Motor carrier holding company Comcar Industries announced on Sunday, May 17, that it has filed for court-supervised bankruptcy protection and plans to liquidate by selling off its five trucking companies.
In terms of size, Comcar was bigger than Celadon when it filed bankruptcy in late 2019, but the prepackaged bankruptcy that Comcar has organized will be more structured and seamless than the abrupt shutdown of Celadon.
Three of the company’s buyers were identified in the disclosure:
– Flatbed hauler CT Transportation will be acquired by PS Logistics, which since the end of 2018 has also bought Celadon Logistics, Riechmann Transport and Robinette Trucking.
– Chemical carrier CTL Transportation will be acquired by Service Transport Co. or STI. STI is a broad-based carrier based in Houston.
– MCT Transportation will be sold to White Willow Holdings, a private equity firm backed by New York investment house Luminus Management LLC. MCT Transportation is a refrigerated carrier that also provides dry van services. Earlier this year FreightWaves reported that White Willow sought to acquire holdings out of the Celadon bankruptcy.
Earlier this month it was reported that White Willow was in discussions to buy Celadon’s Mexican assets.
Comcar also said it has entered into a letter of intent to sell CCC Transportation, a bulk carrier and CTTS Repair. The identity of the intended purchaser was not disclosed.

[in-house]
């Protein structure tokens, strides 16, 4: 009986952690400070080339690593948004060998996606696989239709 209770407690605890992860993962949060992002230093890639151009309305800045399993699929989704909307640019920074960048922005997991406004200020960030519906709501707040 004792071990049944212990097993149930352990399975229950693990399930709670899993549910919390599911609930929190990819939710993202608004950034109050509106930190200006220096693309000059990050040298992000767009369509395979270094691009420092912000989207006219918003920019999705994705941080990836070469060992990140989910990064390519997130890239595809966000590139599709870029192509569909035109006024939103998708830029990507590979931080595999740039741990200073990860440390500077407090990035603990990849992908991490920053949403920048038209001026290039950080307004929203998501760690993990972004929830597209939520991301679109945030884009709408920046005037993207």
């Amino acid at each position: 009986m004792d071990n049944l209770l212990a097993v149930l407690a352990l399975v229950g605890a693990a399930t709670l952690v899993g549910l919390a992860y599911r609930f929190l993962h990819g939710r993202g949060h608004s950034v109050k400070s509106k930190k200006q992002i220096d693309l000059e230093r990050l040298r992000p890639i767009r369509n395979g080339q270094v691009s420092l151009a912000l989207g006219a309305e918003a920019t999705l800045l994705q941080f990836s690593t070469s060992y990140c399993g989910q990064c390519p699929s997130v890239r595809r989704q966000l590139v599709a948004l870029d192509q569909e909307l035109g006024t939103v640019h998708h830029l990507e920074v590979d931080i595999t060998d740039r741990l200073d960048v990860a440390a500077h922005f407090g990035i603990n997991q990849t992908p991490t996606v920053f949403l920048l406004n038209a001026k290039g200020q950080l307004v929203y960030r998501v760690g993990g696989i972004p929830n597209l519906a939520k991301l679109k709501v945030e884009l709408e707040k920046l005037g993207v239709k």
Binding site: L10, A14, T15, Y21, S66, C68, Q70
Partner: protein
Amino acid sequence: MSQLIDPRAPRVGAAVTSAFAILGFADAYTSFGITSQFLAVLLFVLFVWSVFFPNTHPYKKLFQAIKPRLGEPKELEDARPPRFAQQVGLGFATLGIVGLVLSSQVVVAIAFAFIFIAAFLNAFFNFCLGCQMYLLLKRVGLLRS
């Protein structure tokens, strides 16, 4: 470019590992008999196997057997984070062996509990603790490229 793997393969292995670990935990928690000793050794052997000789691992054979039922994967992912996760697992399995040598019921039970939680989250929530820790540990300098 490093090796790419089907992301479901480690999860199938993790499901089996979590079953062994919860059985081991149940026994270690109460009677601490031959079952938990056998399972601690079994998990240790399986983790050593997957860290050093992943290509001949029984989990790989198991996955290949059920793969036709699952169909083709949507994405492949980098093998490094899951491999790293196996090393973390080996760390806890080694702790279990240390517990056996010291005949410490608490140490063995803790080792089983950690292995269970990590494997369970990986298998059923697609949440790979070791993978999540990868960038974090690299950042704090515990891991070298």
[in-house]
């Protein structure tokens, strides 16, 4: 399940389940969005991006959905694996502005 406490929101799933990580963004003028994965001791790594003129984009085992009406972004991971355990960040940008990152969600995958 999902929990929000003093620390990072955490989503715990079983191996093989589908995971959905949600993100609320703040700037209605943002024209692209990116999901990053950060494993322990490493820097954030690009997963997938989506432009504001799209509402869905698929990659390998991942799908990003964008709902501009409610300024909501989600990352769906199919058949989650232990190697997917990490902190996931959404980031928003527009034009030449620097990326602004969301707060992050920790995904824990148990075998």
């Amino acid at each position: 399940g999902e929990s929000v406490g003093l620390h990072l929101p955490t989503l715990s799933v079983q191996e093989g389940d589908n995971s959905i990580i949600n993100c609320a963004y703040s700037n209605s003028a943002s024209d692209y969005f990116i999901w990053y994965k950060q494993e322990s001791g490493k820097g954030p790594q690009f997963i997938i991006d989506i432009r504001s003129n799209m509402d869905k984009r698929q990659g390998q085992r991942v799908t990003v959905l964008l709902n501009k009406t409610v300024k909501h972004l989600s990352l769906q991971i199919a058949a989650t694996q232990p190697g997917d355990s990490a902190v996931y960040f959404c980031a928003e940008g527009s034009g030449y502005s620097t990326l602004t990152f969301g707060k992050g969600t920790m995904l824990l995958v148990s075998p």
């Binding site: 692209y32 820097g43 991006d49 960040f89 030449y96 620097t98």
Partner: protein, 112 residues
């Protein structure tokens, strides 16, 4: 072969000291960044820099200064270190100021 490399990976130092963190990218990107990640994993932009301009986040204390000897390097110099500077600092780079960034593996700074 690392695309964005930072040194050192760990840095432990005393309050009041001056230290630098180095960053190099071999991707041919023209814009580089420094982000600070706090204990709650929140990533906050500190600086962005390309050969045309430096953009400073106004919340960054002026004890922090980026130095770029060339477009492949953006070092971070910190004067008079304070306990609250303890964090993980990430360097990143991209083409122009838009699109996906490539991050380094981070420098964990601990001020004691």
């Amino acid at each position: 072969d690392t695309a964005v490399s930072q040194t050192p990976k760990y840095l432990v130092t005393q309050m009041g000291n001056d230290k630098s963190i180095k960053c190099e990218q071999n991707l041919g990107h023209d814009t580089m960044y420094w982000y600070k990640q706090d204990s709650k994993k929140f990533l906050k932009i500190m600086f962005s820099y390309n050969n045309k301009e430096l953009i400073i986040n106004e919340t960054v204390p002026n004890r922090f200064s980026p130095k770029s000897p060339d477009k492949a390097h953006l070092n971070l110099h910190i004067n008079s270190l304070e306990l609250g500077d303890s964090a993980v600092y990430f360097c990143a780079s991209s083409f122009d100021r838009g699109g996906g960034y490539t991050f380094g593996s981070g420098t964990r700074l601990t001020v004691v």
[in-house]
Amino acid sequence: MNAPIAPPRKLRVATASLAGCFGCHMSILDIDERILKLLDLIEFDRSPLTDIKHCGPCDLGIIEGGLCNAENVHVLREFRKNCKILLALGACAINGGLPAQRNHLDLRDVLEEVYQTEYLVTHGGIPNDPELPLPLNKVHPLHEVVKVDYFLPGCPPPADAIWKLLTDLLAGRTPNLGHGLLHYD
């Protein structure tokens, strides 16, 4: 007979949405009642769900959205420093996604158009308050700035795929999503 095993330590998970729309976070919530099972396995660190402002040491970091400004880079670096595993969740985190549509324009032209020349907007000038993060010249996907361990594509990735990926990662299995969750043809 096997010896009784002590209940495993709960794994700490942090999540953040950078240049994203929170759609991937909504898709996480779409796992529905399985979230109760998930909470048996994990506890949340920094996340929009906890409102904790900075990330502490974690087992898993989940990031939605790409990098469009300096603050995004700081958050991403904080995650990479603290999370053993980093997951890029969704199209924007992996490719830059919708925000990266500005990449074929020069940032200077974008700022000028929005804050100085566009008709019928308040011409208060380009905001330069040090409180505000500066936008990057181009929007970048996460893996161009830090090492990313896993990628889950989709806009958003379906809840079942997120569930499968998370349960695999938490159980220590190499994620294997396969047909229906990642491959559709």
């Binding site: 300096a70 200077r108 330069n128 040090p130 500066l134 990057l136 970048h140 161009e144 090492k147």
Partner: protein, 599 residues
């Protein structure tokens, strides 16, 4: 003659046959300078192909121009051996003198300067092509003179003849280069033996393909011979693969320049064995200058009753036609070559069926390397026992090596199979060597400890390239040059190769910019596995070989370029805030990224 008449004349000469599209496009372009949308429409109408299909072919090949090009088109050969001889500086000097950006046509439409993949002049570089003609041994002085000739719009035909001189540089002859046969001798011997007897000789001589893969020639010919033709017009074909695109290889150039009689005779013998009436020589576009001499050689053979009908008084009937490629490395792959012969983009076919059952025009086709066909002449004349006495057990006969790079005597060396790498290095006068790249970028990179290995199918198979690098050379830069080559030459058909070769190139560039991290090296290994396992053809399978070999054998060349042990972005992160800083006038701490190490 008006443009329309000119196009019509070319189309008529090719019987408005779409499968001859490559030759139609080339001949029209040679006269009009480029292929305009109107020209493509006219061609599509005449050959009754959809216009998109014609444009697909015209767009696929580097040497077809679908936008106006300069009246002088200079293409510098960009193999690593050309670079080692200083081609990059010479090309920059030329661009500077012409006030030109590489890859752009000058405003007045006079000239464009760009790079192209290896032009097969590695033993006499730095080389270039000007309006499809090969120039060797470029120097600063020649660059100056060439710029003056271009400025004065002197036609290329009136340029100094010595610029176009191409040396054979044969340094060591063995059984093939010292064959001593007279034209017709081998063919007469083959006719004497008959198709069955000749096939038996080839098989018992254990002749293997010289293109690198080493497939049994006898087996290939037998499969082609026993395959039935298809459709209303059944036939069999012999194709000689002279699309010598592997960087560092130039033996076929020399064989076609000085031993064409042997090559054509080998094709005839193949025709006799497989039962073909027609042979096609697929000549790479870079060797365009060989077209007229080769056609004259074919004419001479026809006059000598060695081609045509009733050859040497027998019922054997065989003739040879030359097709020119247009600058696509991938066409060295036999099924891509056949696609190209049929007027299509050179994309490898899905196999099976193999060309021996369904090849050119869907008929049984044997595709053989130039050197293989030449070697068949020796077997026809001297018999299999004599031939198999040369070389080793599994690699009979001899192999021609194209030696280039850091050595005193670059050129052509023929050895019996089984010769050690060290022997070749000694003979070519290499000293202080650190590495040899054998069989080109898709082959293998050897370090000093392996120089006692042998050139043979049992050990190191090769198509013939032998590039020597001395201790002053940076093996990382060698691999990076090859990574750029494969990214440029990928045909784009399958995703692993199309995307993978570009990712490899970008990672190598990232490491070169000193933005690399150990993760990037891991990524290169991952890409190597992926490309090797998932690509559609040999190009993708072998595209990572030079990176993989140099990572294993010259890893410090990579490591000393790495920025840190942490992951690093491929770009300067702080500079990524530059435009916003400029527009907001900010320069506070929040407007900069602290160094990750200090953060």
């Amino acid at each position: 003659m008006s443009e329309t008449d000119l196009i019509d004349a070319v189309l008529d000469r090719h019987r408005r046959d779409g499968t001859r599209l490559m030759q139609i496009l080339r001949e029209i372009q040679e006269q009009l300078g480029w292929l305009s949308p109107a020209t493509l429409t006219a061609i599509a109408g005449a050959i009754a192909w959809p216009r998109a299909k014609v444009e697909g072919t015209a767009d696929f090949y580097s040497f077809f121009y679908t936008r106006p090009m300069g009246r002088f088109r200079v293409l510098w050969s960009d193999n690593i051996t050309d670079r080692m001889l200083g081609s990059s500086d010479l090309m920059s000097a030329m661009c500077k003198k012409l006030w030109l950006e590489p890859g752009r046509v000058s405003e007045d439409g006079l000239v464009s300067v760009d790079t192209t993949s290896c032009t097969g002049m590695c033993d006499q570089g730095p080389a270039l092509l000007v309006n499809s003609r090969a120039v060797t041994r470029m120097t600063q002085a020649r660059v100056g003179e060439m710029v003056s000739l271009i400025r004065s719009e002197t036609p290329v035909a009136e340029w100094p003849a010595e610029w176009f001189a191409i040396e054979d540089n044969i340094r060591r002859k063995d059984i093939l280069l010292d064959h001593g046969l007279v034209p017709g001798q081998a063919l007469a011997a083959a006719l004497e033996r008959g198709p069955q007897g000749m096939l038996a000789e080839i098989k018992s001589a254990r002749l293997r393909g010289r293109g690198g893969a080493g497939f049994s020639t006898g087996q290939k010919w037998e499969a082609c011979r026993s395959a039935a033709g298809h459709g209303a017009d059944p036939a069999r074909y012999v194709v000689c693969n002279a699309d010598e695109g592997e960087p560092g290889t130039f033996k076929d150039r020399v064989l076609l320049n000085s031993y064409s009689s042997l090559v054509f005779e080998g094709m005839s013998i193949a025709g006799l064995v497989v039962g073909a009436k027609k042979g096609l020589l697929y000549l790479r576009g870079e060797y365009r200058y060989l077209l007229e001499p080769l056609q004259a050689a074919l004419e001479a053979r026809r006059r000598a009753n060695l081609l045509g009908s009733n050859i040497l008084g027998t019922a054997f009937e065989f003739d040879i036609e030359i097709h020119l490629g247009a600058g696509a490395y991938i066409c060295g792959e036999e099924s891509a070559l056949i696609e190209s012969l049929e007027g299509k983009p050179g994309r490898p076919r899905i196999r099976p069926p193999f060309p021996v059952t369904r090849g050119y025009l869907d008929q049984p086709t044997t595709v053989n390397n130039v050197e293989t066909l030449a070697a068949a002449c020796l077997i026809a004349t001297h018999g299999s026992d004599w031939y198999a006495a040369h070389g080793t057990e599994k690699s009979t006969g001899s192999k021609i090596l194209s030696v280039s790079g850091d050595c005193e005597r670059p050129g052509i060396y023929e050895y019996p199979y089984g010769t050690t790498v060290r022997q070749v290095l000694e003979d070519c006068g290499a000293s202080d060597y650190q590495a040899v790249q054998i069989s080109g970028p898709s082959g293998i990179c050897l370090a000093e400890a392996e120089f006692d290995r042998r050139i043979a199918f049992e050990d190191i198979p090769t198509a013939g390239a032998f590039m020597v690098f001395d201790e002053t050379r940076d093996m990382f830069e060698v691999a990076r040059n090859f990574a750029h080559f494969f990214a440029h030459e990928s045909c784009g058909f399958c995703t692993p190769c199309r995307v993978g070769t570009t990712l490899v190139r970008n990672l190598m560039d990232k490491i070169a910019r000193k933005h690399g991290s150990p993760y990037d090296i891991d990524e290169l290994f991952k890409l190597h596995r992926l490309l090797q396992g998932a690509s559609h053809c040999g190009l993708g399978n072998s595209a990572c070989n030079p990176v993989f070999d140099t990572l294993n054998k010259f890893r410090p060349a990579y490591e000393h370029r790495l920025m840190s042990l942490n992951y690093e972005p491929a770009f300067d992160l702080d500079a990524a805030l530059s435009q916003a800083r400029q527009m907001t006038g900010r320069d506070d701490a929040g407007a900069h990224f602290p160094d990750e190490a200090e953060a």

According to the company’s website, Comcar dates its history back to 1953. CCC was the original company that launched what ultimately became Comcar, which was sold to private equity in 2016.
Comcar is filing under Chapter 11 of the federal bankruptcy code in a pre-packaged action that is also governed by the section 363 sale process. Under the 363 sale process, the announced buyers of the Comcar assets are considered to be “stalking horses” that ultimately could be outbid for the assets in an auction process supervised by the bankruptcy court.
In a prepared statement attributed to Comcar senior management, the company said it decided to file for bankruptcy protection “to better enable us to find homes for our customers, people and assets.”
The company said in its filing, “Prior to this decision, we worked diligently to find a solution that would reduce our debt, enhance our liquidity and best position all Comcar holdings for the future. After evaluating options to address our capital structure and conducting extensive negotiations, we determined that a sale of all companies would be the best path forward to maximize their value.”
The individual companies will continue to operate during the bankruptcy process, Comcar said in its statement.
Randy Clark, Comcar’s CEO, who was appointed to head the company just last year, died unexpectedly in early April. According to a story about his death in the Jacksonville Business Journal, Clark had been an executive at DHL and Polar Air Cargo, and the CEO of Streamlite and Towne Transportation.